21/08/2014 Medicine Psychology
DOI: 10.3109/17483107.2014.951974 SemanticScholar ID: 102796 MAG: 2157548784

The Cerebral Palsy Kinematic Assessment Tool (CPKAT): feasibility testing of a new portable tool for the objective evaluation of upper limb kinematics in children with cerebral palsy in the non-laboratory setting

Publication Summary

Abstract Purpose: Efficacy of treatment to improve upper-limb activity of children with cerebral palsy (CP) is typically evaluated outside clinical/laboratory environments through functional outcome measures (e.g. ABILHAND kids). This study evaluates CPKAT, a new portable laptop-based tool designed to objectively measure upper-limb kinematics in children with CP. Methods: Seven children with unilateral CP (2 females; mean age 10 years 2 months (SD 2 years 3 months), median age 9 years 6 months, range 6 years 5 months, MACS II–IV) were evaluated on copying, tracking and tracing tasks at their homes using CPKAT. CPKAT recorded parameters relating to spatiotemporal hand movement: path length, movement time, smoothness, path accuracy and root mean square error. The Wilcoxon signed ranks test explored whether CPKAT could detect differences between the affected and less-affected limb. Results: CPKAT detected intra-limb differences for movement time and smoothness (aiming), and path length (tracing). No intra-limb tracking differences were found, as hypothesised. These findings are consistent with other studies showing that movements of the impaired upper limb in unilateral CP are slower and less smooth. Conclusion: CPKAT provides a potential solution for home-based assessment of upper limb kinematics in children with CP to supplement other measures and assess functional intervention outcomes. Further validation is required. Implications for Rehabilitation This paper demonstrates the feasibility of evaluating upper limb kinematics in home using CPKAT, a portable laptop-based evaluation tool. We found that CPKAT is easy to set-up and use in home environments and yields useful kinematic measures of upper limb function. CPKAT can complement less responsive patient reported or subjectively evaluated functional measures for a more complete evaluation of children with cerebral palsy. Thus, CPKAT can help guide a multi-disciplinary team to more effective intervention and rehabilitation for children with cerebral palsy.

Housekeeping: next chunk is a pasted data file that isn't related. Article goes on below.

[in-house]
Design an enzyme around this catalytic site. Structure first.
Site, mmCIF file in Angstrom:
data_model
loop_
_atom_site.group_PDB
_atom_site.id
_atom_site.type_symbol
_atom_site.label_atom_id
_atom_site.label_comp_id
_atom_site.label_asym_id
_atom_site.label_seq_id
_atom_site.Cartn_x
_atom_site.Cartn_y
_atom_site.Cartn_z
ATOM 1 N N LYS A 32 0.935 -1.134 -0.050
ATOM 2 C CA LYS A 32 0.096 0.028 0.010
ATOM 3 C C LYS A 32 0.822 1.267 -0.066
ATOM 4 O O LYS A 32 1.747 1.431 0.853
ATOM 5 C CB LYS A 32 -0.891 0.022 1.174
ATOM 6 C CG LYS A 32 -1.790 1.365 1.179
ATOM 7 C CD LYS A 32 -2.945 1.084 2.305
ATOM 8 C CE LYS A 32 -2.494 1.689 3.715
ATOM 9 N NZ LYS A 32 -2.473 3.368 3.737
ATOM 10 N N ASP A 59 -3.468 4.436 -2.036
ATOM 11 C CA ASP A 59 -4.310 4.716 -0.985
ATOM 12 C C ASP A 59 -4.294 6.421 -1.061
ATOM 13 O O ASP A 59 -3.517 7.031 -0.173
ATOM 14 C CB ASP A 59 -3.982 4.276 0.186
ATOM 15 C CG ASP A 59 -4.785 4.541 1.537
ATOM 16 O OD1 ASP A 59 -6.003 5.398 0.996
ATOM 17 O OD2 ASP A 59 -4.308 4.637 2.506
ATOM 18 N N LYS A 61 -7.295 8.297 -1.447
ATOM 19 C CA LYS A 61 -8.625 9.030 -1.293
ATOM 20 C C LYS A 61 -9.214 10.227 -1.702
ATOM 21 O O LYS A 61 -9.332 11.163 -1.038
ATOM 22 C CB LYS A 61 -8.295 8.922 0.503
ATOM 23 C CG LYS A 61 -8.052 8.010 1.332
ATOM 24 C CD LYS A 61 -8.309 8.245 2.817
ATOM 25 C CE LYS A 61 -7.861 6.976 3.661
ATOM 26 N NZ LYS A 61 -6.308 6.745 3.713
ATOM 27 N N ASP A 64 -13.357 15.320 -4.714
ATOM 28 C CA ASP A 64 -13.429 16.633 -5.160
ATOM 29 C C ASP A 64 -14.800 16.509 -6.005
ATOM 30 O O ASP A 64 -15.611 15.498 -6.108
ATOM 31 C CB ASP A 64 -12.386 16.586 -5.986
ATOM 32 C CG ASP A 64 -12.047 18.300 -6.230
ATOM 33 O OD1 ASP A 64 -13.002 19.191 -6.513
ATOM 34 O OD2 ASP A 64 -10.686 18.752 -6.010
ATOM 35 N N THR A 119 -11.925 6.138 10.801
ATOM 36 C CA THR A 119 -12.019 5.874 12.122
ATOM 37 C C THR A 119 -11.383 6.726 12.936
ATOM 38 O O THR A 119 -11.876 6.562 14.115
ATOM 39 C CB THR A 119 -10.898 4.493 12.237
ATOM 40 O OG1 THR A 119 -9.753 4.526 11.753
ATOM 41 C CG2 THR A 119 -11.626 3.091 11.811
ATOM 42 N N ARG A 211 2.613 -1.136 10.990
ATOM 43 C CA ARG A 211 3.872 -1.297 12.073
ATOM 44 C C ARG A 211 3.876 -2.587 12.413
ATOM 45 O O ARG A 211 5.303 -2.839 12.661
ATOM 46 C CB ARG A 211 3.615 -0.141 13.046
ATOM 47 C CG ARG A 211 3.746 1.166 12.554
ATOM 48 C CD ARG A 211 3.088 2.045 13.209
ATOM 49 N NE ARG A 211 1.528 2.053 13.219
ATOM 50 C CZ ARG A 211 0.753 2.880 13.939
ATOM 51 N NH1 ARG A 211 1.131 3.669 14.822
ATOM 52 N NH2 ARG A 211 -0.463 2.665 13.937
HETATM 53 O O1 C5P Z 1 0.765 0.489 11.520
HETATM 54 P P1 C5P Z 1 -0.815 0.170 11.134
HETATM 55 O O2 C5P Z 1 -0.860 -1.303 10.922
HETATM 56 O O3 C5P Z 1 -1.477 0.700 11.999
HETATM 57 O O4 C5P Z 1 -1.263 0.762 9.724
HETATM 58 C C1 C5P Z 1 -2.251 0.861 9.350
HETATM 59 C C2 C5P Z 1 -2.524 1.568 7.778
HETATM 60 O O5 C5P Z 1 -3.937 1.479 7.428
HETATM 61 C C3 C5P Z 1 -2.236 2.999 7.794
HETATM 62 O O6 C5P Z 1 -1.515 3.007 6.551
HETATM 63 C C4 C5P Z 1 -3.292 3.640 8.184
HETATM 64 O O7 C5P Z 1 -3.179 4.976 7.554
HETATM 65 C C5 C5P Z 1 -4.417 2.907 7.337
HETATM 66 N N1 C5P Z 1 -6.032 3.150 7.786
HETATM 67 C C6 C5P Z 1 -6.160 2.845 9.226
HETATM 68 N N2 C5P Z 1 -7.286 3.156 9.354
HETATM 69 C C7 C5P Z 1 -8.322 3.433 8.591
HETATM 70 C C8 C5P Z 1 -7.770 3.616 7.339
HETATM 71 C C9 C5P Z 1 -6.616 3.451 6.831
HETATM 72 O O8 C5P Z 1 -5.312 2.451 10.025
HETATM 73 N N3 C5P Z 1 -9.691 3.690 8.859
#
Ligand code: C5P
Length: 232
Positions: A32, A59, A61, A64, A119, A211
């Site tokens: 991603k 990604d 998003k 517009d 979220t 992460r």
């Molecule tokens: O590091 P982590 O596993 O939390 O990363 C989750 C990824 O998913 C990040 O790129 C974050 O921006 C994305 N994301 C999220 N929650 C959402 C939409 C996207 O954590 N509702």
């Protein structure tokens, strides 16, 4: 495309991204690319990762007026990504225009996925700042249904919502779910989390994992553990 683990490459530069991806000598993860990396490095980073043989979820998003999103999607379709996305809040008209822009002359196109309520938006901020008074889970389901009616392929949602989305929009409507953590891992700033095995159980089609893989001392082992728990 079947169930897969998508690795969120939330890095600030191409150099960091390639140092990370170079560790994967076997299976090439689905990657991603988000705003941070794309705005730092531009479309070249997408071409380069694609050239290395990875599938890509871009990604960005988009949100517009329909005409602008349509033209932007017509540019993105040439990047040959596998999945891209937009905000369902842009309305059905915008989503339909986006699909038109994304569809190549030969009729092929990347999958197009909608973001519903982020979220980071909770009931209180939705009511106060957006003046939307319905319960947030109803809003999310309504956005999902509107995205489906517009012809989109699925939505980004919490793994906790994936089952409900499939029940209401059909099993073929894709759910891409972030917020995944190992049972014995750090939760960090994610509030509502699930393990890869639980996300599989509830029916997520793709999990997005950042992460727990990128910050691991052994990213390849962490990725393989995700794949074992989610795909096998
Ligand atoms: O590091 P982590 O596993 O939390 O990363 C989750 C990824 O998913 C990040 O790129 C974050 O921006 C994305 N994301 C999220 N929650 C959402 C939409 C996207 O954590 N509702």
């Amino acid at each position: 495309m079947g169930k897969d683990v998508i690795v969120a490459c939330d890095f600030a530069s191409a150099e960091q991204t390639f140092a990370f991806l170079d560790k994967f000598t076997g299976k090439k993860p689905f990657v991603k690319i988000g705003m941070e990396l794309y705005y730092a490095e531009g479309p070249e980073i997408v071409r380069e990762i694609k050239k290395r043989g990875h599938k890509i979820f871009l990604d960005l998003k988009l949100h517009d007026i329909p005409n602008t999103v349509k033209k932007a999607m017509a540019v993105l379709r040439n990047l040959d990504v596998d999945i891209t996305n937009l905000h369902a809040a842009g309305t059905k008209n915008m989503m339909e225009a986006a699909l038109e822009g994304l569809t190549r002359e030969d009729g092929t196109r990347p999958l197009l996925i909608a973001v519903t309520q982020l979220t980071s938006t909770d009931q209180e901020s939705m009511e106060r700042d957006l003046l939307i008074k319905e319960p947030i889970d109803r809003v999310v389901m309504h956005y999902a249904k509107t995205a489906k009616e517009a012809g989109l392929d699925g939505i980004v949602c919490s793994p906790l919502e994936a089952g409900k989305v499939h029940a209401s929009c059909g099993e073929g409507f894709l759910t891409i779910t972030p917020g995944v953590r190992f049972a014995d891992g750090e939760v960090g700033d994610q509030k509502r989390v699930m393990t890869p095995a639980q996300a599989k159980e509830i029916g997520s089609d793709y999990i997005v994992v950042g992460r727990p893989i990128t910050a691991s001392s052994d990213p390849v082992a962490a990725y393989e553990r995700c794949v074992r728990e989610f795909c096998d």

CAER Authors

Avatar Image for Nick Preston

Dr. Nick Preston

University of Leeds - Research Fellow

Avatar Image for Mark Mon-Williams

Prof. Mark Mon-Williams

University of Leeds - Chair in Cognitive Psychology

Share this

Next publication

2009 Psychology

The Dynamics of Category Conjunctions

R. Hutter, R. Crisp, G. Humphreys, Gillian. M. Waters + 1 more